Extending bonus depreciation makes economic sense
In an effort to stimulate the economy by encouraging business purchasing in 2009, the American Recovery and Reinvestment Act extended the capital investment incentives passed as part of the 2008 Economic Stimulus Act.Specifically, ARRA temporarily extended, through the end of 2009, tax relief that encourages businesses to make timely capital investments that will help stimulate the economy. As a result, business purchasing increased in the last two quarters of 2009 after a year and a half of decline, according to data from the Bureau of Economic Analysis.In June, Senate Finance Committee Chairman Max Baucus and ranking member Chuck Grassley filed Senate Bill 3513, “The Bonus Depreciation Extension to Create Jobs Act,” to again extend that relief through 2010. This bipartisan proposal would enable all businesses, regardless of their size or research and development capabilities, to invest in new equipment that would help them grow and thrive.One of the biggest challenges businesses have faced throughout the current economic recession is that it is increasingly difficult to access the capital they need to operate, grow and create new jobs. By reducing the first year’s tax bill for major capital purchases, the bonus depreciation allowance encourages companies to make these investments, and the savings generated can be used to keep employment levels stable.Bonus depreciation benefits companies large and small, and across a wide range of industries — from manufacturing to telecommunications to construction. In fact, 41 national business organizations representing a broad spectrum of industries have voiced their support for the bill.In his State of the Union address earlier this year, President Obama urged Congress to “provide a tax incentive for all large businesses and all small businesses to invest in new plants and equipment.” Bonus depreciation extension would do just that.Normally, businesses recover the cost of equipment and other capital investments through depreciation deductions spread evenly over several years. The bonus depreciation allowance provides a higher amount of depreciation earlier in the process. This tax incentive stimulates investments in tangible equipment and other property in the near term by enabling businesses to write off their cost more quickly. The resulting savings can in turn be used to preserve or even grow jobs.Specifically, the Internal Revenue Code allows businesses to recover the cost of capital expenditures over time according to a depreciation schedule. In both 2008 and 2009, Congress temporarily allowed businesses to recover the costs of capital expenditures made during those years faster than the ordinary depreciation schedule would allow by initially deducting 50 percent — increased from 30 percent — of the cost of depreciable property acquired during those two years for use in the United States.The bill filed in June would extend that allowance through the end of 2010.Certainly this would not be the first time bonus depreciation was used — and used successfully — as an economic stimulus. In fact, in the last decade alone, bonus depreciation has been used four times to stimulate the economy and preserve American jobs.During 2003 and 2004, bonus depreciation contributed to the creation or retention of at least 100,000 jobs. It is no surprise that economists have rated bonus depreciation as one of the most economically productive economic stimulus initiatives.The Institute for Policy Innovation, in a 2001 study, estimated that every dollar of tax relief dedicated to accelerated depreciation results in approximately $9 of GDP growth.Bonus depreciation promotes both capital investments and job creation, and it is sound public policy to extend it for an additional year.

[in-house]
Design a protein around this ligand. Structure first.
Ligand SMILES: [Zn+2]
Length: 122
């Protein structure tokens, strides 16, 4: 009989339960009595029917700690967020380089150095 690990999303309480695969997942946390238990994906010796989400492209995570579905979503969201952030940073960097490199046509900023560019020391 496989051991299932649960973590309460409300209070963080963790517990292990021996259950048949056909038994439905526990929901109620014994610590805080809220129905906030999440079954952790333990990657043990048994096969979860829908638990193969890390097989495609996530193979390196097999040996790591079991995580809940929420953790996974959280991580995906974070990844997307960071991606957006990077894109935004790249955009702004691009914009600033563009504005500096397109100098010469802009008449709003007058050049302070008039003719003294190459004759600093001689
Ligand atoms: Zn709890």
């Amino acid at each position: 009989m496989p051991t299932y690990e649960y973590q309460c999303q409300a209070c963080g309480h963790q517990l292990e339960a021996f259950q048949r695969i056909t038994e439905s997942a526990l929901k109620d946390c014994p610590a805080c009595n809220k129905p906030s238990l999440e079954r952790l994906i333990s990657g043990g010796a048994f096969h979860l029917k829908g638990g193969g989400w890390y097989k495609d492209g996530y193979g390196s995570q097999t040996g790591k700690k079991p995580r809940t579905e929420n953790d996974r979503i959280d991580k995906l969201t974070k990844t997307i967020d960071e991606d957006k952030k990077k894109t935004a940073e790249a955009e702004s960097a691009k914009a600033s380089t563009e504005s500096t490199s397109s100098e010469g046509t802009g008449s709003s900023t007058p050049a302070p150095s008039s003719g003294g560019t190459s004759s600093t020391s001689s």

James T. Brett is president and chief executive of The New England Council.